In line with the increasing commercial pressures on the Botanics. Bown has made the work of the gardeners. botanists and plant collectors sexy. Their history is fascinating and their battle to
preserve our botanic heritage in the face ofenvironmental degradation is obviously one which not only produces beautiful books. but is also of great practical importance. (Thom Dibdin)
EXODUS AND EXILE
I I Am The Clay Chaim Potok
(Heinemann. £13.99) Given the Korean setting of Potok‘s latest novel. it would appear that he has decamped from his beloved Jewish territory. so sensitively charted in The Chosen. Anyone familiar with his work. however. will recognise this self-imposed exile as a screen, behind which his text remains essentially unchanged. For all ‘ intents and purposes the characters could be Jewish. and the novel’s
central strand. a Korean boy's struggle for survival. is simply another metaphor for exodus. a theme invented by Jewish history. It is a sad yet hopeful tale. suggesting that suffering brings strength. while acknowledging that survival necessitates change. The double-edged motifof America as paradoxical harbinger ofdeath and life is overdoing things. but otherwise this is a pertinent tale for our times asking simply how people continue to function in the midst of catastrophe. (Aaron Hicklin)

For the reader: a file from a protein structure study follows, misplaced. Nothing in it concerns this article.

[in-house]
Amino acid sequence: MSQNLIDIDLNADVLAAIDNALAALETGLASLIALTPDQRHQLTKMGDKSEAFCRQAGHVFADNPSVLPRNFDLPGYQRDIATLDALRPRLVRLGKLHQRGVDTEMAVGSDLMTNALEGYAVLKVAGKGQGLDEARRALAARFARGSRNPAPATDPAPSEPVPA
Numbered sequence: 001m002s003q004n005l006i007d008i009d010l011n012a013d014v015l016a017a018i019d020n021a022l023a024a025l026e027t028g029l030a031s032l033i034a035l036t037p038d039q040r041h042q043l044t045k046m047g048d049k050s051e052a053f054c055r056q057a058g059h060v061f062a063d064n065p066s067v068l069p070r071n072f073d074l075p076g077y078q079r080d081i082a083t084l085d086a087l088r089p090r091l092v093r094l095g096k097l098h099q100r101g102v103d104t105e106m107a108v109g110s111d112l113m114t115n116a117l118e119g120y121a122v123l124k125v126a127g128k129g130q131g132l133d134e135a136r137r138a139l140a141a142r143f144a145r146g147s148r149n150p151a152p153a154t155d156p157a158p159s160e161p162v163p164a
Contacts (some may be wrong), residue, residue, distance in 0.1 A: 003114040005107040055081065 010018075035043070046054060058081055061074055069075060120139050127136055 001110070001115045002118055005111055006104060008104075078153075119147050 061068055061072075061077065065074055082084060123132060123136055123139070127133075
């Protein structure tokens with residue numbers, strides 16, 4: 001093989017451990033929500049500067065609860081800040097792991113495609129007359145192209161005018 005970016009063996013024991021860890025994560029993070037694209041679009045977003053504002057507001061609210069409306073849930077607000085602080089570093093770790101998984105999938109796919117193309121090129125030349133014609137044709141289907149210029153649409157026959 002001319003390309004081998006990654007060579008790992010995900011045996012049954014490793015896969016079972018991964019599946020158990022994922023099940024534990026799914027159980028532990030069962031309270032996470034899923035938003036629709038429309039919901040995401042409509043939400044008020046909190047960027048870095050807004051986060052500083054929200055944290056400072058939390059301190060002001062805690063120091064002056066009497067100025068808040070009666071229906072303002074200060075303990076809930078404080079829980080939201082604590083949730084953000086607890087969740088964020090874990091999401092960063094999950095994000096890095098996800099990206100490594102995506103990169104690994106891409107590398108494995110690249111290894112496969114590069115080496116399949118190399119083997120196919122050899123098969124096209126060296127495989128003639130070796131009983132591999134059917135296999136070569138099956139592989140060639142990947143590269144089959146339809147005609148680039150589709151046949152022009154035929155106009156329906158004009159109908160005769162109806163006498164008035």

' — in the case of horror-fiction lovers,
Alan Morrison’s chiller choice
With the same balance of fine prose and engaging sense ofwonder that has distinguished Clive Barker‘s recent epics. The Thief of Always (HarperCollins £9.99) finds a young boy swept off to an isolated house whose magical perfection gradually becomes disturbing. The illustrations by Barker himself further guide the mind‘s eye through the imagination of this most visual of writers. Not a children's book as such. but a book for the child in us all
that child tends to be more unruly than most.
In Prophecy (Gollancz £14.99). Peter James proves again — if proof were needed — his expertise at generating that electric jolt when the supernatural brushes against the everyday. Here he builds sheer terror from accumulated coincidence. closely tied to the early uncertainty ofa love affair. At the
other end of the spectrum is Shaun Hutson. master ofthe three word i sentence and five word paragraph. 1 His Heathen (Little Brown £14.99) — 3 a shabby story of a woman searching for the book which holds the secret of her husband’s mysterious death — can be likened to a novice skier on his first big run: fast and furious. but no sense ofcontrol.
Ramsey Campbell continues to exemplify horror fiction‘s traditional strengths in his latest short-story collection. Waking Nightmares (Little Brown £13.99). containing i several pieces which build inexorably to a sublime pitch of horror. leaving a final. terrifying image burning on your retina. Finally. Elizabeth Massie’s Sineuzer (Pan £4.99) marks the year‘s most devastating debut. In a small American backwoods community. religious fervour has mutated to the extent that the embodiment ofevil is thought to be a skulking. solitary figure who eats the sin — food offerings — from the chests of dead bodies. Never before has the claustrophobia of an unbalanced. but frighteningly realistic. society been so sharply described.
88 The List 18 December 1992 — 14 January 1993